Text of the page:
Review of “This is How the Rain Falls” by M.K. Hutchins

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Image by Roman Grac from Pixabay

Plot:

The narrator used to love the rain, but then the boy attacked, beat, and robbed her in the rain. Ten years later, she’s at a bus stop, watching bus after bus pass by. She doesn’t want to risk getting caught in the rain, even for a little while. She sees a little girl waiting in the corner of the bus stop.

Thoughts:

Distilling the plot into everyday language makes it sound absurd. It is anything but. The poetry of the language is rich and deep. Yes, it’s rain, but perhaps it’s something more. Something that once brought joy to someone can drain the same person after trauma. It can be something as commonplace as rain.

The strength of the story is in its use of language and metaphor. While there isn’t a lot of action, there is transformation. The narrator comes to a realization about herself and the world.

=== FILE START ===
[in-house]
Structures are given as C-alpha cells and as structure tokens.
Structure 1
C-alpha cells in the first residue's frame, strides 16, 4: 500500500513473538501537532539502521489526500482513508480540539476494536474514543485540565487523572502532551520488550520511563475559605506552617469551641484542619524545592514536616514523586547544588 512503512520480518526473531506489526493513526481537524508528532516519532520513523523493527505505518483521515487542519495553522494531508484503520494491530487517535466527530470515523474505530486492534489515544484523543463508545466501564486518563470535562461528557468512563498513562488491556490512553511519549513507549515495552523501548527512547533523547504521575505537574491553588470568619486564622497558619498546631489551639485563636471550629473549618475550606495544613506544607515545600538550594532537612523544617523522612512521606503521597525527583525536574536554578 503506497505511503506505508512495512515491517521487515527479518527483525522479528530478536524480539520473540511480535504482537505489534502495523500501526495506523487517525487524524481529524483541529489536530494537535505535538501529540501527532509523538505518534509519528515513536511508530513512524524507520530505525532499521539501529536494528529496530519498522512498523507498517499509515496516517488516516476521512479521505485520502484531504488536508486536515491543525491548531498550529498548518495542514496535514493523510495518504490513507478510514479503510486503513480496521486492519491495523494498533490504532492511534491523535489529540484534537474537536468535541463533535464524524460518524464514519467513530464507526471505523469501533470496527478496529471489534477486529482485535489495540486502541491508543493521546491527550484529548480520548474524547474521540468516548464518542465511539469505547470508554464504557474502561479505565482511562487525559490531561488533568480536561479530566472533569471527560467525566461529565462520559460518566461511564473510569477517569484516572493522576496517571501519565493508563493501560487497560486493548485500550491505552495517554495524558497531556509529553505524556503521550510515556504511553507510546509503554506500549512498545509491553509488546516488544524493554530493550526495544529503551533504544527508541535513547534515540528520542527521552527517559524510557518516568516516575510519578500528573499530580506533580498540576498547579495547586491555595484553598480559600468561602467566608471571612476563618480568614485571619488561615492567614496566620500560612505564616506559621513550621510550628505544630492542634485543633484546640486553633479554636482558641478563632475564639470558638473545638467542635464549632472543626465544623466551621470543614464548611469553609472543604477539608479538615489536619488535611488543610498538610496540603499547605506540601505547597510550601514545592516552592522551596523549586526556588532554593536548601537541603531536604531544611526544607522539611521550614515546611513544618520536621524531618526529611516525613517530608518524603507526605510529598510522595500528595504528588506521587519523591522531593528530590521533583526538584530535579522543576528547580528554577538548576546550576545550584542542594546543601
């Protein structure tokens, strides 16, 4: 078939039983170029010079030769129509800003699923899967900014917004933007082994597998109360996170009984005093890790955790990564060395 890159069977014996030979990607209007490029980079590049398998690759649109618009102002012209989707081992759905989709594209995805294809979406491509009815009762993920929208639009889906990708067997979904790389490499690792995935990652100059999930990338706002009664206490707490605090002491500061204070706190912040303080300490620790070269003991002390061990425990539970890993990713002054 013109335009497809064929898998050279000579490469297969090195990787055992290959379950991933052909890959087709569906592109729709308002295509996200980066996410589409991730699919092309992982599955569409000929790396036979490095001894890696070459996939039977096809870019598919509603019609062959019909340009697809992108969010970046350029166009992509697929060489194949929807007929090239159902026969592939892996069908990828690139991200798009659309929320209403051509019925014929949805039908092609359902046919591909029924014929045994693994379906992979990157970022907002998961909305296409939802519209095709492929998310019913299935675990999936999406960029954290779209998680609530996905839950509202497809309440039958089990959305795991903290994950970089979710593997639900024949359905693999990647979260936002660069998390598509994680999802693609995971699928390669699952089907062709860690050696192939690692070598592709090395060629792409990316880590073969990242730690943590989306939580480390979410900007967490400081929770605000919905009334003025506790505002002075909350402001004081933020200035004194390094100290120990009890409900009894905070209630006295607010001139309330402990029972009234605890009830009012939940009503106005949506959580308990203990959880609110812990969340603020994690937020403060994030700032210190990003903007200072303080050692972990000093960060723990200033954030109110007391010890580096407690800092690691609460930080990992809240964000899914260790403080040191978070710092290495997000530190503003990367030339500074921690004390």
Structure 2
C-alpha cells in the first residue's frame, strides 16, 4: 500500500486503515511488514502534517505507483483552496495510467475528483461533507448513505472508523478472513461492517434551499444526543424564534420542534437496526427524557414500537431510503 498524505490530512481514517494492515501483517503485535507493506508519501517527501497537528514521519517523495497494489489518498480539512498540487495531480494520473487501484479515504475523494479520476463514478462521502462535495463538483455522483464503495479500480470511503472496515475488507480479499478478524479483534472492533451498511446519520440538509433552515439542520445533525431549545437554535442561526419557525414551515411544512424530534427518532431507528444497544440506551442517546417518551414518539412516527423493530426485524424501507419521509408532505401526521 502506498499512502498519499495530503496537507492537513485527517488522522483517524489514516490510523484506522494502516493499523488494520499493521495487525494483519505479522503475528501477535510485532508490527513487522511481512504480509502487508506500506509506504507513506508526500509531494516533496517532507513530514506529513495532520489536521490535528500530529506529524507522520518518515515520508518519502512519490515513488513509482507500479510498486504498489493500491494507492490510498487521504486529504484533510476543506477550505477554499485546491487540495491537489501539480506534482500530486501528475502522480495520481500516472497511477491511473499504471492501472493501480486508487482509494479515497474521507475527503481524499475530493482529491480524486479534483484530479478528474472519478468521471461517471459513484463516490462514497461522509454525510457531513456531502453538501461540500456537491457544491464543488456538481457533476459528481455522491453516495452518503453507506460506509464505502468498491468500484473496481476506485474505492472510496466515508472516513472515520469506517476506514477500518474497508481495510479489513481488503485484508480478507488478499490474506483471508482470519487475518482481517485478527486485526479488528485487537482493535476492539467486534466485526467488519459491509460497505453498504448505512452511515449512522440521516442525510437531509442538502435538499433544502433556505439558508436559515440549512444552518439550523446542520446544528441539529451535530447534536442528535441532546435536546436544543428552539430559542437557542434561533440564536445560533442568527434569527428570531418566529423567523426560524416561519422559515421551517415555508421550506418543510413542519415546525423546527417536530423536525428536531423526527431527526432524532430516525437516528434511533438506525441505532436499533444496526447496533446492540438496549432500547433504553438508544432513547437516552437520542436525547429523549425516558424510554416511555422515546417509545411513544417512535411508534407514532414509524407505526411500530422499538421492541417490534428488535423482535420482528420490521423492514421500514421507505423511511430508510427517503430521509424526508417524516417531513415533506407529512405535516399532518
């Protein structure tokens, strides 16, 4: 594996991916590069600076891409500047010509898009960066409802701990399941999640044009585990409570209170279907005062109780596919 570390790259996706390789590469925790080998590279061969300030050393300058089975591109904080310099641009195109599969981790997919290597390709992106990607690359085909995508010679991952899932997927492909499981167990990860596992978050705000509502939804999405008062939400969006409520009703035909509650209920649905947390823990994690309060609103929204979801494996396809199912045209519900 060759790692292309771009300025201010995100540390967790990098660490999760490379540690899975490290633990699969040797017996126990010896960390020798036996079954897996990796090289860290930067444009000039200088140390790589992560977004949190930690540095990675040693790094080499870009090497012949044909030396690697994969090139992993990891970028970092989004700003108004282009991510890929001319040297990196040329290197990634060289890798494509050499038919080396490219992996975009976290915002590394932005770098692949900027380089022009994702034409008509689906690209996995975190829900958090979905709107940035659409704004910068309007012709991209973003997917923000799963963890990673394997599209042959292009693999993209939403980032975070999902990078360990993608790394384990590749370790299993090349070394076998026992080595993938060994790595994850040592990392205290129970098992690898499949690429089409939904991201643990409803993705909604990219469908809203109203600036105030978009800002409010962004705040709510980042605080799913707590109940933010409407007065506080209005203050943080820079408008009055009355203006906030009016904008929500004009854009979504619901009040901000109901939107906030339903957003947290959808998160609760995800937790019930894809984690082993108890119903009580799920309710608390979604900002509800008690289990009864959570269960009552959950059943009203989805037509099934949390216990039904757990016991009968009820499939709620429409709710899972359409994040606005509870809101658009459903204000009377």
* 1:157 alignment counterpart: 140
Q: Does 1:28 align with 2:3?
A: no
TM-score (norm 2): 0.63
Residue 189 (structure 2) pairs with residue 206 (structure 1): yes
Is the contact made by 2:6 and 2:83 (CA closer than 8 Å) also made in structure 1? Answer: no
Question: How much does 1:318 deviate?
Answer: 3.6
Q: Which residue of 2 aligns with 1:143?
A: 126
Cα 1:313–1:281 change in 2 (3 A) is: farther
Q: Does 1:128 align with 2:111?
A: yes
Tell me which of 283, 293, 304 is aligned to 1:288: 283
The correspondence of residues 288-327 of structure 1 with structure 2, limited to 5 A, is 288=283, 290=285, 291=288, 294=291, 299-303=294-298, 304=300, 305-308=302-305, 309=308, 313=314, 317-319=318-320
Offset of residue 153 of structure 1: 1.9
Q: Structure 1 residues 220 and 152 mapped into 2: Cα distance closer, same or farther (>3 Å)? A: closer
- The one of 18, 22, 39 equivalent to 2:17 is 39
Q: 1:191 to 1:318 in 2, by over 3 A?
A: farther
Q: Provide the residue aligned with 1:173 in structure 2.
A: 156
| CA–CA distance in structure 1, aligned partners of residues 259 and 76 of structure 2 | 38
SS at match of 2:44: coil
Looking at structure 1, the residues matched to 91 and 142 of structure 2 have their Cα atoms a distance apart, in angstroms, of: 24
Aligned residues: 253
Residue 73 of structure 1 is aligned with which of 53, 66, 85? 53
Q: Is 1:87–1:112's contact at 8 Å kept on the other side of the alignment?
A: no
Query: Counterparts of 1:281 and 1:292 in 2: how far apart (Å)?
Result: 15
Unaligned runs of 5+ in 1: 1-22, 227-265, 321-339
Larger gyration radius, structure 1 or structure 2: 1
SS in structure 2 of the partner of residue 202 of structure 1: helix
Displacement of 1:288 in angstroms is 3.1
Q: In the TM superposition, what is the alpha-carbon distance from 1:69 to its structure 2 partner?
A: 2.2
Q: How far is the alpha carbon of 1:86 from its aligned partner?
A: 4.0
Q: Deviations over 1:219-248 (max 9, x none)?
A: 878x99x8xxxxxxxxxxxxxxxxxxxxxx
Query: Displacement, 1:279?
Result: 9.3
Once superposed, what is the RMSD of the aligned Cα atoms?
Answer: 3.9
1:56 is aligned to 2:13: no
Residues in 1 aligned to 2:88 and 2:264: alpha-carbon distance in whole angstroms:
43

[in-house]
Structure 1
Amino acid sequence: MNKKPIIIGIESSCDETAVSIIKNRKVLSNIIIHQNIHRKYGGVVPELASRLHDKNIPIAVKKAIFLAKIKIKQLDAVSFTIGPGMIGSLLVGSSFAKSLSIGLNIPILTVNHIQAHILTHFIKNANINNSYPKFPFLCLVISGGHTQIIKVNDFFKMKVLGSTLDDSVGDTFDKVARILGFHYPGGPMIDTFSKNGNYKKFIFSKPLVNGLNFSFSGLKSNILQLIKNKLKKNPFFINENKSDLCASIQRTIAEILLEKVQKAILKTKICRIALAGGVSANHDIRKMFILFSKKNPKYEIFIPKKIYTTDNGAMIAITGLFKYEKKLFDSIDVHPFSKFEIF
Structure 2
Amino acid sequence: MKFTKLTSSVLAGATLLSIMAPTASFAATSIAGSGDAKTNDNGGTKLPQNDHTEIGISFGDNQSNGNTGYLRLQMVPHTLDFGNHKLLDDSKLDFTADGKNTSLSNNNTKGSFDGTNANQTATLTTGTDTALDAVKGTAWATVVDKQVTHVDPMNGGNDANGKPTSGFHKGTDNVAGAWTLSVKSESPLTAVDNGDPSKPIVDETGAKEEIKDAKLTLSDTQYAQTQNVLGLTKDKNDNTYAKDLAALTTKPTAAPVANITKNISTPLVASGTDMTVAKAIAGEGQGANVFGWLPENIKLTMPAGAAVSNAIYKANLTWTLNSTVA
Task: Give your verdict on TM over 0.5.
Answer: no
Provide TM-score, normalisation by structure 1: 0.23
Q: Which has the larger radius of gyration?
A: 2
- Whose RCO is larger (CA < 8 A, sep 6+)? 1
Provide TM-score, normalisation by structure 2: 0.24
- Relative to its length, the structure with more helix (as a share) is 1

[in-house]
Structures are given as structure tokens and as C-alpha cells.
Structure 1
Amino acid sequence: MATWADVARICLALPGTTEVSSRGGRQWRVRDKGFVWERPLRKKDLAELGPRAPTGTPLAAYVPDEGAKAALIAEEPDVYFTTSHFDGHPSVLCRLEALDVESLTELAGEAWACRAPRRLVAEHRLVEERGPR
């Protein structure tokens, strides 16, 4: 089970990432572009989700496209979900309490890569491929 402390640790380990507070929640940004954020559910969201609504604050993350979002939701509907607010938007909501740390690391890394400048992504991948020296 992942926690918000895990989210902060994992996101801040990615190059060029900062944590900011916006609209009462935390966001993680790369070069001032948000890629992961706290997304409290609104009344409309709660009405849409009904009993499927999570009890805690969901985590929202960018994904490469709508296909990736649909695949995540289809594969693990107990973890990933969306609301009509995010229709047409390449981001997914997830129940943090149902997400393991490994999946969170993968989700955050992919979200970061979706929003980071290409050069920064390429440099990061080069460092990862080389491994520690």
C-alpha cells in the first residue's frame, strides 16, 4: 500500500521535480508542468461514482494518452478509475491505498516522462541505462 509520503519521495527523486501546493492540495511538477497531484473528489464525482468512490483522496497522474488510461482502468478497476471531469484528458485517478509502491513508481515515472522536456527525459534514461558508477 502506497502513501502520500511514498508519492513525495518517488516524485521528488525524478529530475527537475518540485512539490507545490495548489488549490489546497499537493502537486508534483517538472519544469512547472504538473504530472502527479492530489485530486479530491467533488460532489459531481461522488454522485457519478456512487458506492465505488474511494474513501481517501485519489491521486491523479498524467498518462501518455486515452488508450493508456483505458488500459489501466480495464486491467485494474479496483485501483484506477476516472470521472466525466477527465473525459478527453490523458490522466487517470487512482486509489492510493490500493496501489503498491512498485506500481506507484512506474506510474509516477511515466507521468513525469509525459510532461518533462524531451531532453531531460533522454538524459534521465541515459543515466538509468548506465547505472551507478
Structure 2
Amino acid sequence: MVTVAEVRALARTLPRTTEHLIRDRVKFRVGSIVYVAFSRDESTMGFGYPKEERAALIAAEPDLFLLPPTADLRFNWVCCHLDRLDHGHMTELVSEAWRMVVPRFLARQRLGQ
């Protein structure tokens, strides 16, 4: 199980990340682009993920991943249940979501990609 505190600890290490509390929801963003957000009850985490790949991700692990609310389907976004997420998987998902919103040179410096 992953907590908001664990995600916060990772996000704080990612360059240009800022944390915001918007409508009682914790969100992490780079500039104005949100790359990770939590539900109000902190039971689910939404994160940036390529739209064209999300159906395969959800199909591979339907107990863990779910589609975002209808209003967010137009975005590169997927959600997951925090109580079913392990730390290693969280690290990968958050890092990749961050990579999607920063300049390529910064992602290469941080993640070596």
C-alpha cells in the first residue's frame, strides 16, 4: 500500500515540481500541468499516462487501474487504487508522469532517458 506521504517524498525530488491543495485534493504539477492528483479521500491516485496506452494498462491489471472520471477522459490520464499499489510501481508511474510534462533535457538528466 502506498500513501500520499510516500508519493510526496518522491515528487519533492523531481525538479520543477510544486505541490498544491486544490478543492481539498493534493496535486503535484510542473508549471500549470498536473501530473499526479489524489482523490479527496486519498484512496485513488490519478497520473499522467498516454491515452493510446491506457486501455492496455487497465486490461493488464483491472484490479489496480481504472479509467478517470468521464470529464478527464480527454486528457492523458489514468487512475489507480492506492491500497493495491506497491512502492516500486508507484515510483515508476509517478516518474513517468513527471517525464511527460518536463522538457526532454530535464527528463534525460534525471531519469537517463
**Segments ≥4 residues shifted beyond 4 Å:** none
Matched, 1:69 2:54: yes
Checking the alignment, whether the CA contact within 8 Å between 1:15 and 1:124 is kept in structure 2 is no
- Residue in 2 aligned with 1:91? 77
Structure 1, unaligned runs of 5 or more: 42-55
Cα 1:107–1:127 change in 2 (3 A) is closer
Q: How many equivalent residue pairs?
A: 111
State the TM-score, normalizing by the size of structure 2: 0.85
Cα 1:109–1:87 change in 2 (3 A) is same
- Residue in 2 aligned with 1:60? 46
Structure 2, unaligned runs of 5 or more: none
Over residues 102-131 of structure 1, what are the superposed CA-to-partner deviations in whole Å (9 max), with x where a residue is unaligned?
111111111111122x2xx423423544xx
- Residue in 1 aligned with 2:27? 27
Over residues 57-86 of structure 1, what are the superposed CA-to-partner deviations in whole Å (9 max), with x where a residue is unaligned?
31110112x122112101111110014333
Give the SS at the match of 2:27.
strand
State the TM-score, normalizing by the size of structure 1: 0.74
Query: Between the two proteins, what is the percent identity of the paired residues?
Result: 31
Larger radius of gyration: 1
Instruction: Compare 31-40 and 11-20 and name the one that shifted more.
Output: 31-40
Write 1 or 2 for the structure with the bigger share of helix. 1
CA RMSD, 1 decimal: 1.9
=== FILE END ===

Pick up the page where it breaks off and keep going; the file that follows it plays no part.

I can’t say I enjoyed this sad little story, but I certainly admired it.

Bio:

Accord to the blurb, author M.K. Hutchins regularly draws on her background in archaeology when writing fiction. She’s the author of the YA fantasy novels The Redwood Palace and Drift, and she’s written over thirty short stories, appearing in Podcastle, Analog, and elsewhere. She lives in Utah with her husband and four children. Find her at mkhutchins.com.

The story can be read here.

Title: “This is How the Rain Falls”
Author: M.K. Hutchins
First published: Daily Science Fiction, May 18, 2020

Published by 9siduri

I have written book and movie reviews for the late and lamented sites Epinions and Examiner. I have book of reviews of speculative fiction from before 1900, and short works in publications such Mobius, Protea Poetry Journal, and, most recently, Wisconsin Review and Drunken Pen Writing. I'm busily working away on a book of reviews pulp science fiction stories from the 1930s-1960s. It's a lot of fun. I am the author of the short story "Always Coming Home," a chapbook of poetry titled "Sotto Voce," and a collection of reviews of pre-1900 speculative fiction, "By Firelight."

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